The key to dignity

A beaming Pauline Hartzenberg, flanked by councillors Xoliswa Pakela-Mapasa and Grant Twigg is handed over the keys to her new apartment.

For 16 years, Henry Prins was a backyarder. But, two weeks ago, he moved into a new flat in Geneva Court, Scottsdene.

He is one of 195 recipients who symbolically received the keys to their new homes on Thursday November 3. The handover marked the completion of a long-term rental stock housing project that now includes 349 units, with another 153 having been allocated to beneficiaries at Gabriel Court, also in Scottsdene.

Mr Prins’s neighbours, Marie Petersen and Charmaine Erasmus, each waited 11 years to be allocated units in the recently finished complex, and the three said they were all extremely happy to have finally received “proper housing” .

Benedicta van Minnen, mayoral committee member for human settlements, spoke prior to the moving handover ceremony, in a marquee erected in the quadrangle around which the different blocks of flats are clustered.

She told the beneficiaries and dignitaries, “It is my responsibility to ensure that this place, like all others, comes about.

“It’s important to recognise the fact that all members of society need to have a sense of dignity in where they live. We need to recognise this factor as a community and take ownership of the places we live in.

“This project has been a long time in coming to fruition. But the determination to see it through to completion, despite the challenges, demonstrates the commitment of the City and its partners to ensuring that our beneficiaries have access to dignified homes and services.” She said each beneficiary’s circumstances had been carefully considered.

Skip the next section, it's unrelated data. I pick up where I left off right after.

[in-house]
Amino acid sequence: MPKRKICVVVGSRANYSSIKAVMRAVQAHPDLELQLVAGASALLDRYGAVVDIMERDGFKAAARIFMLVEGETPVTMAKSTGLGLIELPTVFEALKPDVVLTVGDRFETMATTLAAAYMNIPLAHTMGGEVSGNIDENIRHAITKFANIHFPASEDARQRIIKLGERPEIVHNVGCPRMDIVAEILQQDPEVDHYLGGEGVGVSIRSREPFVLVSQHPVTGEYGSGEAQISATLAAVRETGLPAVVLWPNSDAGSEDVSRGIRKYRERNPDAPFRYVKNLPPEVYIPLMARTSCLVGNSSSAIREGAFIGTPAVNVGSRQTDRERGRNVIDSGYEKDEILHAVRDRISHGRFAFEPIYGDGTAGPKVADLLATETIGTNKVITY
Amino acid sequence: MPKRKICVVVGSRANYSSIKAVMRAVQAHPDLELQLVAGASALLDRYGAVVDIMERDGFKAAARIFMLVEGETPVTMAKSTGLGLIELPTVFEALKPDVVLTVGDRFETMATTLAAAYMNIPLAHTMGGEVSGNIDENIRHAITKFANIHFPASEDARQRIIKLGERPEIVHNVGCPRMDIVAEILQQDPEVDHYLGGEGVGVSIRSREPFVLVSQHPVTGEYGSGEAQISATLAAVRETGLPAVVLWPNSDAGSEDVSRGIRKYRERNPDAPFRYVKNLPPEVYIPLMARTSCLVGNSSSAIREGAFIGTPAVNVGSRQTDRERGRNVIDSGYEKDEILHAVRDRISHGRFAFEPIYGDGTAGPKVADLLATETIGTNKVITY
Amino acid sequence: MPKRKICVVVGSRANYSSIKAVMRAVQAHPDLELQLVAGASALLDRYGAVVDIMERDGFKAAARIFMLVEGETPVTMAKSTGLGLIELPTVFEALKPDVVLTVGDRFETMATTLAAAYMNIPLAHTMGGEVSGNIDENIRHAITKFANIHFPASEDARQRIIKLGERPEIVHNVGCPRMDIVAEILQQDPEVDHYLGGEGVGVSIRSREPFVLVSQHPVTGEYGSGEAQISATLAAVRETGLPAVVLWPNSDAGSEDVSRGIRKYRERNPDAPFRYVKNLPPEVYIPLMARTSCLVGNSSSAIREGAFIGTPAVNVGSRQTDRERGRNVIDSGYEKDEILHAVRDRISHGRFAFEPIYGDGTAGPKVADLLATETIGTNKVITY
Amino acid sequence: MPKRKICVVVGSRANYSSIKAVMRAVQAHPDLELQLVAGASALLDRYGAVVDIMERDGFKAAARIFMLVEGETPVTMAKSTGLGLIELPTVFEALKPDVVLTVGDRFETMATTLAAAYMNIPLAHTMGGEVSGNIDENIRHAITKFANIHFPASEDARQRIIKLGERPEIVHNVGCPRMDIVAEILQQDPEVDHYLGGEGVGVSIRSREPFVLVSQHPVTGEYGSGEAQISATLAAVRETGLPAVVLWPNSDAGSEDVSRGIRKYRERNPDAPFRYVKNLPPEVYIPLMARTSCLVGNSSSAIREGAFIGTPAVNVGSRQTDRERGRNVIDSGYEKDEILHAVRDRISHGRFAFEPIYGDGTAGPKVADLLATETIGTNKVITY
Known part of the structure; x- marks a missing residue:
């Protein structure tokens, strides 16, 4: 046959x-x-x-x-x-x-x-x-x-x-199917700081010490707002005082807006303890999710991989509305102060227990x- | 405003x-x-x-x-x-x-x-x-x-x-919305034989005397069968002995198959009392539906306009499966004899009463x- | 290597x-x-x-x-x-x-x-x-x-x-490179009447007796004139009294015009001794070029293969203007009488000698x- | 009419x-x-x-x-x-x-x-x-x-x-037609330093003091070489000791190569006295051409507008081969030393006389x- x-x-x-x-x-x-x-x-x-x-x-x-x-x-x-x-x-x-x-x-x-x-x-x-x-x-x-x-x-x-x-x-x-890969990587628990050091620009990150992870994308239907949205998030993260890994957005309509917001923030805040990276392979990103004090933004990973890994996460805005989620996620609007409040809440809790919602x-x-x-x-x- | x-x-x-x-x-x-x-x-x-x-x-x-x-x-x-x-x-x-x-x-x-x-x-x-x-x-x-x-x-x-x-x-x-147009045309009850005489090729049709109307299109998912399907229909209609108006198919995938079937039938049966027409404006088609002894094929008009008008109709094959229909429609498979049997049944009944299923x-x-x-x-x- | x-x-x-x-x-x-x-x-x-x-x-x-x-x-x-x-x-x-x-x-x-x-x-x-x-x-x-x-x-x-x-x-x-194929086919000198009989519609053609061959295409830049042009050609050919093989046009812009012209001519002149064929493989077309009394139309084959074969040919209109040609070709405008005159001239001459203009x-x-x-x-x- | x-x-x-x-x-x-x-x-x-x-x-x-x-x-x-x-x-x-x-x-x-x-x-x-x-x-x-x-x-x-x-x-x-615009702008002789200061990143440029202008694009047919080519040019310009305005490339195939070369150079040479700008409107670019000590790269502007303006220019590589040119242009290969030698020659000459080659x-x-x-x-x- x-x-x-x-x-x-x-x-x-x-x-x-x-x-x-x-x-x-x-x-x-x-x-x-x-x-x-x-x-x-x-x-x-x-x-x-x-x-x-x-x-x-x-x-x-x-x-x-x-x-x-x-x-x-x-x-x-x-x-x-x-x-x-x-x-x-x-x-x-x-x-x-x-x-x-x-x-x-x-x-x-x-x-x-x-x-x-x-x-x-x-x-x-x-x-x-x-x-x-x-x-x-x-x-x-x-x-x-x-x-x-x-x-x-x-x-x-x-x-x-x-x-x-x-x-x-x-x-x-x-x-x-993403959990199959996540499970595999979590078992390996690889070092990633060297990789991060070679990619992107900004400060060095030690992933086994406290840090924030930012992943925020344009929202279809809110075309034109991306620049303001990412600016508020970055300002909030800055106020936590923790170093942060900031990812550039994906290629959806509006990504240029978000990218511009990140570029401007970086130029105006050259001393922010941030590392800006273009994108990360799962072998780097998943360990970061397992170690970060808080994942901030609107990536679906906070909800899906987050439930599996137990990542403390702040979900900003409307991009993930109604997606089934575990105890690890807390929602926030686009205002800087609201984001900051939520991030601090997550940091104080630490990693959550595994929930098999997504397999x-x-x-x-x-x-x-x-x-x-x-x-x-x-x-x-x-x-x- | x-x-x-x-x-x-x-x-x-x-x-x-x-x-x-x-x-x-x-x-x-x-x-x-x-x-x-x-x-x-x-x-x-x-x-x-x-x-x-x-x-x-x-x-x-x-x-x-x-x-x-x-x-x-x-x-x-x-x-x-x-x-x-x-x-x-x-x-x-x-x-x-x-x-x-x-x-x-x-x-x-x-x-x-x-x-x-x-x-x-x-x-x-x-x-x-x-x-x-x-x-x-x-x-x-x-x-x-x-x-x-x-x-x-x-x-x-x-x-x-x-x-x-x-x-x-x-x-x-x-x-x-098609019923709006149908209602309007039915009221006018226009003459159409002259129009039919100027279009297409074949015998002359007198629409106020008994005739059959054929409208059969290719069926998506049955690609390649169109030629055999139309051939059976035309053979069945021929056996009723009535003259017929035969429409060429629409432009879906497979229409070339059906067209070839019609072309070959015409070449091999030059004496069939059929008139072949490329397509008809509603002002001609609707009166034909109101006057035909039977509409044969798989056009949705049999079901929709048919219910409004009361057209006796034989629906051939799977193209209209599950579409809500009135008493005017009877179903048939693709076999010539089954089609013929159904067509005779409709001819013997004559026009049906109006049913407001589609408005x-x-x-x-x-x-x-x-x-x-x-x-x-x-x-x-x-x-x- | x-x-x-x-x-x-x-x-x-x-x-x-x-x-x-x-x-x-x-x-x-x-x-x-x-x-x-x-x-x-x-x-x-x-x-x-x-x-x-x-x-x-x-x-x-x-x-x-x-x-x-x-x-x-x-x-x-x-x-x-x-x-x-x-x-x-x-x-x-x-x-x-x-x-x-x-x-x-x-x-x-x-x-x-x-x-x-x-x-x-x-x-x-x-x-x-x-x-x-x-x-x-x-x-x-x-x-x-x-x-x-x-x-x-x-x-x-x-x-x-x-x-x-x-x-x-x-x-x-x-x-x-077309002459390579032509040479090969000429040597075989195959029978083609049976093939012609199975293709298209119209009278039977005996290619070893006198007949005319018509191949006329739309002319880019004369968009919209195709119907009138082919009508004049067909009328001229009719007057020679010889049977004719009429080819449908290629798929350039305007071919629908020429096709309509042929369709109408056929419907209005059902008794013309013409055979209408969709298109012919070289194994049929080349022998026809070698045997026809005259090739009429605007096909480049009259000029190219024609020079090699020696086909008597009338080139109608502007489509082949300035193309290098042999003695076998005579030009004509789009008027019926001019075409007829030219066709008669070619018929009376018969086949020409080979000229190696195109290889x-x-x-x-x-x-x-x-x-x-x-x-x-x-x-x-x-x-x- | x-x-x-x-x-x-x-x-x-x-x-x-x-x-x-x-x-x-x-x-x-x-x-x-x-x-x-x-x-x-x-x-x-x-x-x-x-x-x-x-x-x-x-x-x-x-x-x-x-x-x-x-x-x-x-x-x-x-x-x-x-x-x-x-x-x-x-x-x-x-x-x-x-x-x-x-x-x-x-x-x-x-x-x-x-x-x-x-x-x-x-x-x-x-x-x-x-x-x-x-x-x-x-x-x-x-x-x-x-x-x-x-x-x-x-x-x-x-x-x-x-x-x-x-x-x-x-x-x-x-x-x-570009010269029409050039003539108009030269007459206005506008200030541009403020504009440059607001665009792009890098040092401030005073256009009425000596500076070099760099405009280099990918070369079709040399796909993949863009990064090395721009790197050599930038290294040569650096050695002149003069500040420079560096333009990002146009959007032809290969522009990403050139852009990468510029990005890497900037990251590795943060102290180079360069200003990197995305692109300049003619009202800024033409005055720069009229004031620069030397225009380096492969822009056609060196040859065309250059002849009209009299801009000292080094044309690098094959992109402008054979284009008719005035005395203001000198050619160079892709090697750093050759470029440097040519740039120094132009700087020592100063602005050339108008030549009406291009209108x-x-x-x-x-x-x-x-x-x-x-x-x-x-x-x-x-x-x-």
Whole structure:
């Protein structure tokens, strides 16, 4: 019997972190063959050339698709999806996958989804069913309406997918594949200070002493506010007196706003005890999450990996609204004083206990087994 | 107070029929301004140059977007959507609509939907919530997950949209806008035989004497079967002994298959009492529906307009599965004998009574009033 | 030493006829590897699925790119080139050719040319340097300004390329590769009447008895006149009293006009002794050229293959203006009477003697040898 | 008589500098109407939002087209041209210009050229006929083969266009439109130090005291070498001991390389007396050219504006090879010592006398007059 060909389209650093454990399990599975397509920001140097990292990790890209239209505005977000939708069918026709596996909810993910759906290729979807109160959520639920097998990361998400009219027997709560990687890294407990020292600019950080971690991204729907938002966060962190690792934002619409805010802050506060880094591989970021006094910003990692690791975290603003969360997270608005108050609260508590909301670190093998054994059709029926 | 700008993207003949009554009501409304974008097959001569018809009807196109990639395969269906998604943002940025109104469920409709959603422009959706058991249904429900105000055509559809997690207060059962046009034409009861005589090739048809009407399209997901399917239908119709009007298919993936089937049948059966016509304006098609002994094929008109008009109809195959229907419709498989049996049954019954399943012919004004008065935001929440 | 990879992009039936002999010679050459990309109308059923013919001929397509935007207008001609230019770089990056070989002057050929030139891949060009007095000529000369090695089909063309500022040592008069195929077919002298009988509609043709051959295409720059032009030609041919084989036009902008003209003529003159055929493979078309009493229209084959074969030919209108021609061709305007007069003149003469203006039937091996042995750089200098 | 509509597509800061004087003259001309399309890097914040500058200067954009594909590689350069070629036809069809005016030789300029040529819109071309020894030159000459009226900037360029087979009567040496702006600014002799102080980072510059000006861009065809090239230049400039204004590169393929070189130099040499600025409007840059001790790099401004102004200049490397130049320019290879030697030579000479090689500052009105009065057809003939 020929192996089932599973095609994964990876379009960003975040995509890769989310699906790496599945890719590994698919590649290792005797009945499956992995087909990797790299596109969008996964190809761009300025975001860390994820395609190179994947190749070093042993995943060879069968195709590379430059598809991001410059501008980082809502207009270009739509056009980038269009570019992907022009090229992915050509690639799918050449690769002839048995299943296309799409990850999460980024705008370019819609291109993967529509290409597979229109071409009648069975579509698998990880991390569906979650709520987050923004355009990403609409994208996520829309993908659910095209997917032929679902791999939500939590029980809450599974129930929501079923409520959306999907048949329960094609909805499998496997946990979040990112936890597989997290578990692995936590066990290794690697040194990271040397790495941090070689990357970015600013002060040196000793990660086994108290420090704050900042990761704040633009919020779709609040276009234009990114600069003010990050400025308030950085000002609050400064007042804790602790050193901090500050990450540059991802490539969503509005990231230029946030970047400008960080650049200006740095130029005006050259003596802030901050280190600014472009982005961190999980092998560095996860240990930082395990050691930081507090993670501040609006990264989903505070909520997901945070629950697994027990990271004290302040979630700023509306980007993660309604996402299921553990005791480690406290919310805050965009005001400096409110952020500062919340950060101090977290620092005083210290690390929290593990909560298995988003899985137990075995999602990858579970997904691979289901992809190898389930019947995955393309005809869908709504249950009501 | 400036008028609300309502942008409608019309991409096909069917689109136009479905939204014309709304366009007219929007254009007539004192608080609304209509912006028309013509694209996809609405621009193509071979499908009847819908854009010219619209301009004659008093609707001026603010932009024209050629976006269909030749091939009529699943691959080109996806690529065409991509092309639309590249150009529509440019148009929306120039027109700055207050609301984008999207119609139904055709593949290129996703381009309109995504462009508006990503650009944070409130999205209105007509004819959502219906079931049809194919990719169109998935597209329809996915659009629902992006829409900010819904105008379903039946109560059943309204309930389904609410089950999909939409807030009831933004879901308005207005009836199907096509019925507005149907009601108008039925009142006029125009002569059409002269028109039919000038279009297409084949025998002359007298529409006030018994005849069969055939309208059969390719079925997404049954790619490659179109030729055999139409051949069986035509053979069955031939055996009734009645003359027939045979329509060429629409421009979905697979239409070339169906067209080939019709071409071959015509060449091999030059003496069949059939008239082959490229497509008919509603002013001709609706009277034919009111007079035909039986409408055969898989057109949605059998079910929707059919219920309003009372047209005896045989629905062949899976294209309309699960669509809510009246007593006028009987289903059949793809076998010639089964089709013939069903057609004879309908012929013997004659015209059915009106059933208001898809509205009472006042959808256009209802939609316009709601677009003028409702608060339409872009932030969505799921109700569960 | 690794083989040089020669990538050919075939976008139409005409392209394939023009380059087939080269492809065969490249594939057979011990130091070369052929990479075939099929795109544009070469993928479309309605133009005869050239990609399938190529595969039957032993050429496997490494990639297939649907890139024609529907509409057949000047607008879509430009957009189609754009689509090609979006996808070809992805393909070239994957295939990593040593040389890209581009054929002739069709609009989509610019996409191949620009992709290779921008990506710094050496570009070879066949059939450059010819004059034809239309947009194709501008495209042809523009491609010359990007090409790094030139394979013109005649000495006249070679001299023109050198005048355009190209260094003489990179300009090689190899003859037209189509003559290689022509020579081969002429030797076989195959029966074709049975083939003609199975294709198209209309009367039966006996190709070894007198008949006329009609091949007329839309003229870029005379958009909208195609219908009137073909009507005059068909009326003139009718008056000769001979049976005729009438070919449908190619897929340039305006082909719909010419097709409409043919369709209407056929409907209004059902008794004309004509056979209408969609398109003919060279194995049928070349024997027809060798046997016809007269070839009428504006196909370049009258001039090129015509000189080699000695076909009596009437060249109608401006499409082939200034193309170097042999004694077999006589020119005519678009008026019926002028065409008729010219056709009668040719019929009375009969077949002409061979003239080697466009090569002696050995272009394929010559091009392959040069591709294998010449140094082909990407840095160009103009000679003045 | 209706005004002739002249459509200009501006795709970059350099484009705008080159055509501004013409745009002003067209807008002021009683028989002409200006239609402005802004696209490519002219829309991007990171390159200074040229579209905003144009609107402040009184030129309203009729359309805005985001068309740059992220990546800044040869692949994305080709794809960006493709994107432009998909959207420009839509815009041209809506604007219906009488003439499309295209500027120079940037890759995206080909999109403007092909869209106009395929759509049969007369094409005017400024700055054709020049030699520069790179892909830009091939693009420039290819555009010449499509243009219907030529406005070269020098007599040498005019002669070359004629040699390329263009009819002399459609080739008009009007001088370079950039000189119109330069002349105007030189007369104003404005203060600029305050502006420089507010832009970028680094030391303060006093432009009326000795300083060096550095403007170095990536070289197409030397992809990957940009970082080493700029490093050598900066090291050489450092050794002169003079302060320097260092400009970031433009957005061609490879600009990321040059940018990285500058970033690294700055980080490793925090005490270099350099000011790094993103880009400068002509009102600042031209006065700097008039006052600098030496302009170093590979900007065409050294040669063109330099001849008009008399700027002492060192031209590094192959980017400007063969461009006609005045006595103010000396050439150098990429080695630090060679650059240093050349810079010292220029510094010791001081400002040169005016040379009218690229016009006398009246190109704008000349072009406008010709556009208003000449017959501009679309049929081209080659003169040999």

“We right-sized tenants to units which are more suitable to their family’s needs, for example, providing larger families with three-bedroom units.”

We have also installed ramps to ensure that the premises remain accessible for our tenants with special needs,” she said.

“Included in the decision-making process was the consideration of helping those most vulnerable in their communities.”

To strong applause, councillor Xoliswa Pakela-Mapasa said: “You are now called tenants, not backyarders. Take care of your homes; look after them and don’t litter.”

Maria Smit, 82, who was born in Carnarvon, in the Northern Cape, and was living in one room in Scottsdene before moving to the housing complex, said she was glad to have a two-bedroomed flat on the ground flour as she mostly moved around in a wheelchair.

Pauline Hartzenberg was also given the keys to a ground-floor flat because her husband recently suffered a stroke and it will be easier for him not to have to climb the stairs to one of the upper-level units.

The project forms part of the Scottsdene rental estate in Kraaifontein – an integrated housing development driven by the City and both provincial and national Human Settlements departments.

Ultimately, it’s set to provide 2 200 housing opportunities, including fully subsidised homes, City rental stock, and affordable market rental units.

The Scottsdene rental estate project recently scooped an award for the Best Social Housing Project at the Western Cape Govan Mbeki Awards hosted by the provincial Department of Human Settlements, where the City received recognition for some of its key projects completed over the last year (see adjacent story).